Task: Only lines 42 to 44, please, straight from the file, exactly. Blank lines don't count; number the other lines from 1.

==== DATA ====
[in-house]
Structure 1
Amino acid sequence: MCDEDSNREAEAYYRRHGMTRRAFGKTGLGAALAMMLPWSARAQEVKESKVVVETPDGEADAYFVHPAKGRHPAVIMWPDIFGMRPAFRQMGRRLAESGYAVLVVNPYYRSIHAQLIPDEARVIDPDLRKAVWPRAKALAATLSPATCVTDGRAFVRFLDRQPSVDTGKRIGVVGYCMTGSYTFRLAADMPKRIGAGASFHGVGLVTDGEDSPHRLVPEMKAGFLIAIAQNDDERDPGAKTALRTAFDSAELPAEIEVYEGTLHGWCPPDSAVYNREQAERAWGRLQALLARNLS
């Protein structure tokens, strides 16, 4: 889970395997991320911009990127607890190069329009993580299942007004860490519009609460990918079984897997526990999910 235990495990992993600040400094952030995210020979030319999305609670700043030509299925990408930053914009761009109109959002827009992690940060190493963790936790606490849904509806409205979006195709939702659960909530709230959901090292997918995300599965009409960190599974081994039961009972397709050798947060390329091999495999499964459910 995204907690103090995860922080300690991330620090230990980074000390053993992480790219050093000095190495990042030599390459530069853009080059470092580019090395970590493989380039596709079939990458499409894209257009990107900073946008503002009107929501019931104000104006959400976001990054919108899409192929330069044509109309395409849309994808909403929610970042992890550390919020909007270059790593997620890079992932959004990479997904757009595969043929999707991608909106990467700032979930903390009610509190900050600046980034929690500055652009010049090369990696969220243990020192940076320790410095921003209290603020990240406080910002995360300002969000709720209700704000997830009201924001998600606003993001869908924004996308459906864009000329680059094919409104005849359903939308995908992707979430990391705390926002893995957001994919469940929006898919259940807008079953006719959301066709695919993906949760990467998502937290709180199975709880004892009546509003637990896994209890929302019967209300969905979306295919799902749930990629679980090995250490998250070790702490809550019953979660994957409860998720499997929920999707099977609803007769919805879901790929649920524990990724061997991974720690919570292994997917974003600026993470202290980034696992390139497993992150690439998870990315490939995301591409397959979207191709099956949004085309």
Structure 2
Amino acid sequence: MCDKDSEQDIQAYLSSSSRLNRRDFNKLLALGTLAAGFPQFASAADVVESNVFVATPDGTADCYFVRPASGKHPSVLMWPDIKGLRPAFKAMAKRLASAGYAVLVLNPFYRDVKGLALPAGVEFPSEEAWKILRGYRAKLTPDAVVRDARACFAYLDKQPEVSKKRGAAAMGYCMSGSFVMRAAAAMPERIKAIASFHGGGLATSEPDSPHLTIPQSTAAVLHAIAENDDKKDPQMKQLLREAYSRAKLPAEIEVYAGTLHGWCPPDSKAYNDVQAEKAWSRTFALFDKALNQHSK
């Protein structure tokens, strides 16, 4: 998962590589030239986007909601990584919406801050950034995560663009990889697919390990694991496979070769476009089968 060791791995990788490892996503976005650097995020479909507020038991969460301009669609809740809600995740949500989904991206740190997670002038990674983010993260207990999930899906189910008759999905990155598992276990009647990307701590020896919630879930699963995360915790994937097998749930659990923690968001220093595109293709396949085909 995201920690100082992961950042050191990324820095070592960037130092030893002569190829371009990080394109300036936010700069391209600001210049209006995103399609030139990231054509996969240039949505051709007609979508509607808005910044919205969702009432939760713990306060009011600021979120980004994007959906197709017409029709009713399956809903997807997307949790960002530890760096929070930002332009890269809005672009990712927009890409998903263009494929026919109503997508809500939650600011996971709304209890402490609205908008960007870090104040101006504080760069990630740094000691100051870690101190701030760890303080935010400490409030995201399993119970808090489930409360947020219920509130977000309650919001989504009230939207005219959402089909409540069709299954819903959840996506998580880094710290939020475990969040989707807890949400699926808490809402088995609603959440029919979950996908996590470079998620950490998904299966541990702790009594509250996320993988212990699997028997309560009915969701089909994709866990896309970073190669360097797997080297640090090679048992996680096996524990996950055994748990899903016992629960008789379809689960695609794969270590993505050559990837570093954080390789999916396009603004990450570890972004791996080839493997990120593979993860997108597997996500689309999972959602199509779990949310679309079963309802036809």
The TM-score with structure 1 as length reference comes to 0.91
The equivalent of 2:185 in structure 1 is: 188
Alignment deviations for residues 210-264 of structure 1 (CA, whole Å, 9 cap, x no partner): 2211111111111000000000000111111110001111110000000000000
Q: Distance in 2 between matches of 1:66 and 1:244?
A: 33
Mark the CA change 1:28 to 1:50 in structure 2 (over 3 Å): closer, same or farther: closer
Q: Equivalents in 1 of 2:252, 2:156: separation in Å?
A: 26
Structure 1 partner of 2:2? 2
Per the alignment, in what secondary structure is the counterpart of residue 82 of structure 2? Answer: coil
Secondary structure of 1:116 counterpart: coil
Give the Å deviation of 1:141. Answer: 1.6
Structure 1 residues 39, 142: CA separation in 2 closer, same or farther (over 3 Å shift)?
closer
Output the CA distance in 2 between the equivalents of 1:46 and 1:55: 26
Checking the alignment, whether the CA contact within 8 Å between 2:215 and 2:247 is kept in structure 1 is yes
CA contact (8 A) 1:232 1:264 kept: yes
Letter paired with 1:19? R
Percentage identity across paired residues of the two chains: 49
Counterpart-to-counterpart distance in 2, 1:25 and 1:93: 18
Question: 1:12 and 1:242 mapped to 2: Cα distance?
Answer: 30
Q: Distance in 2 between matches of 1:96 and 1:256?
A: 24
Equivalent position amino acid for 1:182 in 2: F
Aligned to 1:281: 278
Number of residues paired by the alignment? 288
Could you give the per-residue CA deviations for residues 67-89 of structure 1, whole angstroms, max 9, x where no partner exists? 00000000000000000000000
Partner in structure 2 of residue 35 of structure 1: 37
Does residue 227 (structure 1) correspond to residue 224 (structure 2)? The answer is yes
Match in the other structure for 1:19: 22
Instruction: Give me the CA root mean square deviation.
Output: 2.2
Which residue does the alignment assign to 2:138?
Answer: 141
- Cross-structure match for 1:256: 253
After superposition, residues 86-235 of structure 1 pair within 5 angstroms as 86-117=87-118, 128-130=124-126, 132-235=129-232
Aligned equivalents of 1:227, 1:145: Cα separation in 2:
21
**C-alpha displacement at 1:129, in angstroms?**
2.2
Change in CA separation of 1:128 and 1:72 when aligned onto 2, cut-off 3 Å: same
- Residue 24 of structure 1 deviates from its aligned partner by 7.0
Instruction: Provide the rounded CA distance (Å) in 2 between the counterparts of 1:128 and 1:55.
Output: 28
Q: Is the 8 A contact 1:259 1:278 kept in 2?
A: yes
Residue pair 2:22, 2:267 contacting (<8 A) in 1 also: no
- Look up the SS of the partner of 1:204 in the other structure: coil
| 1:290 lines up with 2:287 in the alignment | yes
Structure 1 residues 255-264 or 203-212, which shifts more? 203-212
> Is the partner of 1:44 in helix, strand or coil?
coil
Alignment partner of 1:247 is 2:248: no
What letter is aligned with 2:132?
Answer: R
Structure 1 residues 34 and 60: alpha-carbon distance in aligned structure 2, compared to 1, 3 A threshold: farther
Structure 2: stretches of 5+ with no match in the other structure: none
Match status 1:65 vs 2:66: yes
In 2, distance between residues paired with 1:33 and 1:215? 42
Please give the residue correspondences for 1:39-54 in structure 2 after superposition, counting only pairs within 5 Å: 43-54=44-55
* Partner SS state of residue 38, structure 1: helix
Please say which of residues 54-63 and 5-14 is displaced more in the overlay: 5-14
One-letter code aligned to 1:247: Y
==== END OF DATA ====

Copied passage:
Answer: 141
- Cross-structure match for 1:256: 253
After superposition, residues 86-235 of structure 1 pair within 5 angstroms as 86-117=87-118, 128-130=124-126, 132-235=129-232